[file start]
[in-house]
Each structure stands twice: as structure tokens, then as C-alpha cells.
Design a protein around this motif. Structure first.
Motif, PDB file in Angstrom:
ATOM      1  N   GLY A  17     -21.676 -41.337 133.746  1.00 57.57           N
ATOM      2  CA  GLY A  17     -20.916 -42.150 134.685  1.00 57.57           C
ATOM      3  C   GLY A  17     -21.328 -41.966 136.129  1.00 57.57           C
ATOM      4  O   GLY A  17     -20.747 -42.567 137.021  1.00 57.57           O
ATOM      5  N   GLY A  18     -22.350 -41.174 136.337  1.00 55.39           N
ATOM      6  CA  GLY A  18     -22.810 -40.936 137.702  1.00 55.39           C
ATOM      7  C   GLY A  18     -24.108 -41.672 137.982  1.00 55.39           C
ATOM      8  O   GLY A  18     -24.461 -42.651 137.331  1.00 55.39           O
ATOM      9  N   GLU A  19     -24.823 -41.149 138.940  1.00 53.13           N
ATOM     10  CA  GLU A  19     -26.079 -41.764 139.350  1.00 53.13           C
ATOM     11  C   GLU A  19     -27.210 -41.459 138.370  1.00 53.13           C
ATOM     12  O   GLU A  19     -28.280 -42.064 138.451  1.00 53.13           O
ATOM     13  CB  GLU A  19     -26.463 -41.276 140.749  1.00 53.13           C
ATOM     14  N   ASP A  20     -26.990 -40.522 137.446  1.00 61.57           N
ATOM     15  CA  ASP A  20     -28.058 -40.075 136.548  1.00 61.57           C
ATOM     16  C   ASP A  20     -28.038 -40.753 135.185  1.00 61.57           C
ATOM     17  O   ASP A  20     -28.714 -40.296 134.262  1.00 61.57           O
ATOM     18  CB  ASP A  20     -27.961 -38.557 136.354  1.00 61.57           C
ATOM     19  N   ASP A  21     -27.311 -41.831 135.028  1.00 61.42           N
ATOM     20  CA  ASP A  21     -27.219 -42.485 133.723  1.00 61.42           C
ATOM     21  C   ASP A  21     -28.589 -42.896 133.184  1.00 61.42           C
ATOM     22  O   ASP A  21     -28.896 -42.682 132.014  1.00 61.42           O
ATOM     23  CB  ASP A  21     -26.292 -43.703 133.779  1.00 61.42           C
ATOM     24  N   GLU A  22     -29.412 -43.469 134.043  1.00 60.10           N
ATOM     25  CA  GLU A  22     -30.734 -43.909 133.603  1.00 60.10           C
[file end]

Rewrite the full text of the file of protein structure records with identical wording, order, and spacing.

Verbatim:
[in-house]
Each structure stands twice: as structure tokens, then as C-alpha cells.
Design a protein around this motif. Structure first.
Motif, PDB file in Angstrom:
ATOM      1  N   GLY A  17     -21.676 -41.337 133.746  1.00 57.57           N
ATOM      2  CA  GLY A  17     -20.916 -42.150 134.685  1.00 57.57           C
ATOM      3  C   GLY A  17     -21.328 -41.966 136.129  1.00 57.57           C
ATOM      4  O   GLY A  17     -20.747 -42.567 137.021  1.00 57.57           O
ATOM      5  N   GLY A  18     -22.350 -41.174 136.337  1.00 55.39           N
ATOM      6  CA  GLY A  18     -22.810 -40.936 137.702  1.00 55.39           C
ATOM      7  C   GLY A  18     -24.108 -41.672 137.982  1.00 55.39           C
ATOM      8  O   GLY A  18     -24.461 -42.651 137.331  1.00 55.39           O
ATOM      9  N   GLU A  19     -24.823 -41.149 138.940  1.00 53.13           N
ATOM     10  CA  GLU A  19     -26.079 -41.764 139.350  1.00 53.13           C
ATOM     11  C   GLU A  19     -27.210 -41.459 138.370  1.00 53.13           C
ATOM     12  O   GLU A  19     -28.280 -42.064 138.451  1.00 53.13           O
ATOM     13  CB  GLU A  19     -26.463 -41.276 140.749  1.00 53.13           C
ATOM     14  N   ASP A  20     -26.990 -40.522 137.446  1.00 61.57           N
ATOM     15  CA  ASP A  20     -28.058 -40.075 136.548  1.00 61.57           C
ATOM     16  C   ASP A  20     -28.038 -40.753 135.185  1.00 61.57           C
ATOM     17  O   ASP A  20     -28.714 -40.296 134.262  1.00 61.57           O
ATOM     18  CB  ASP A  20     -27.961 -38.557 136.354  1.00 61.57           C
ATOM     19  N   ASP A  21     -27.311 -41.831 135.028  1.00 61.42           N
ATOM     20  CA  ASP A  21     -27.219 -42.485 133.723  1.00 61.42           C
ATOM     21  C   ASP A  21     -28.589 -42.896 133.184  1.00 61.42           C
ATOM     22  O   ASP A  21     -28.896 -42.682 132.014  1.00 61.42           O
ATOM     23  CB  ASP A  21     -26.292 -43.703 133.779  1.00 61.42           C
ATOM     24  N   GLU A  22     -29.412 -43.469 134.043  1.00 60.10           N
ATOM     25  CA  GLU A  22     -30.734 -43.909 133.603  1.00 60.10           C